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Last Thursday was like any other Thursday at our placement so far, or so I thought. Thursdays differ from every other day in the week because that is class day, when St. Margaret’s Centre runs organized class sessions instead of just allowing their members to choose whatever they want to do throughout the day.  Myself and Karoline engaged with the members of both the morning and afternoon class, talking and answering questions as we normally would while taking part in the classes. (It seems as if the people of the UK know a lot about the United States to begin with, but they like to hear it with our funny American accents for some reason.)

As the day went on, I began to notice that one of the members was taking far more interest to me and what I had been talking about than everyone else was. She continued to ask about where I was from, where I had been in the United States, and for me to even show her the geography of New York City, California, and a number of other places in the country. Although this caused us to stray from the class at hand, neither of us was all that disappointed as I got to teach for a little while and she got to learn. I spent a large part of the afternoon showing and explaining maps off of my phone, chronicling stories of my life and of life at Duke, and with everything that I said she seemed to become even more interested. As selfish as this seems, I love talking about myself, and when I can find someone that is so engaged and curious about the first twenty years of my life, I have no problem at all going on for a while.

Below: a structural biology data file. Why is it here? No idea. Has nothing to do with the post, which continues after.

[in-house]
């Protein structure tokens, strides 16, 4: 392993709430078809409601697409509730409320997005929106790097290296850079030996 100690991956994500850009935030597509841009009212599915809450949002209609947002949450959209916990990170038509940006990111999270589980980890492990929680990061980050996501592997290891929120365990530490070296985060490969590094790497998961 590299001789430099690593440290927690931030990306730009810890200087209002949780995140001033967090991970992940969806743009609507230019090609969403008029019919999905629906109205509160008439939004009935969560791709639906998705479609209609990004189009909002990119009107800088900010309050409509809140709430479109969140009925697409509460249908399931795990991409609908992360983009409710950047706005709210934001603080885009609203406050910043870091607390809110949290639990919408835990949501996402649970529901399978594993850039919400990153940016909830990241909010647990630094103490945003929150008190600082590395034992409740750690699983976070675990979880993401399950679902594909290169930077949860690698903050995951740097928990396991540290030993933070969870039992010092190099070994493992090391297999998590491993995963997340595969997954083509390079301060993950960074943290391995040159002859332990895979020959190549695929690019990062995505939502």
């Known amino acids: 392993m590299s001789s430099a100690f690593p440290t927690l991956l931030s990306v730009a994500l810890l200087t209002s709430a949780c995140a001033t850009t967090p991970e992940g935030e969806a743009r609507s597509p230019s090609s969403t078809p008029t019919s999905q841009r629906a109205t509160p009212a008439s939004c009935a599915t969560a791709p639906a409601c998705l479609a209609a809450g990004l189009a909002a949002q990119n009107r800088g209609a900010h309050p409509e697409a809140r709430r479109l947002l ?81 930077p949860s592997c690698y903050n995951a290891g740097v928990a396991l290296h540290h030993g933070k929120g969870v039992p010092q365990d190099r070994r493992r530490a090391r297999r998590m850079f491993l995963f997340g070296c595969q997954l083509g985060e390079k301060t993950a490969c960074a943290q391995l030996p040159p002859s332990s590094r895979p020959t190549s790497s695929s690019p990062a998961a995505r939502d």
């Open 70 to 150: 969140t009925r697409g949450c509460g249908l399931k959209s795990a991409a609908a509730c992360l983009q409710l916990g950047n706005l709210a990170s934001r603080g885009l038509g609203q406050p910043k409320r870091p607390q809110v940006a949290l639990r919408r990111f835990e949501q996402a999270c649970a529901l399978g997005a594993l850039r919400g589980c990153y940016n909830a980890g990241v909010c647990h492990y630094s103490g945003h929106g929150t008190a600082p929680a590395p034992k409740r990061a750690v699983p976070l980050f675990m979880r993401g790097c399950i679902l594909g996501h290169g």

After the day had ended and the members had gone home, the staff came over to myself and Karoline to laud us for an especially well done job. They began to thank us and tell us how much they appreciated our engaging with the members, even if it meant taking on a bit of flack on behalf of America. Then they turned to me and pointed out something that is really going to stick with me long after this program ends. The woman that I had been speaking with over the span of two hours, rarely spoke to anyone at all. Through a combination of shyness and being totally lost in her art, she typically stayed within herself except to occasionally ask the instructor questions about art. Today was not at all like the others. She was happy, engaged, learning, and generally excited about what was going on around her. She might not have participated as whole-heartedly in the course as she normally does, but she was enjoying her day and seeing the brightness in the world. That’s what St. Margaret’s Centre is for, for making people happy.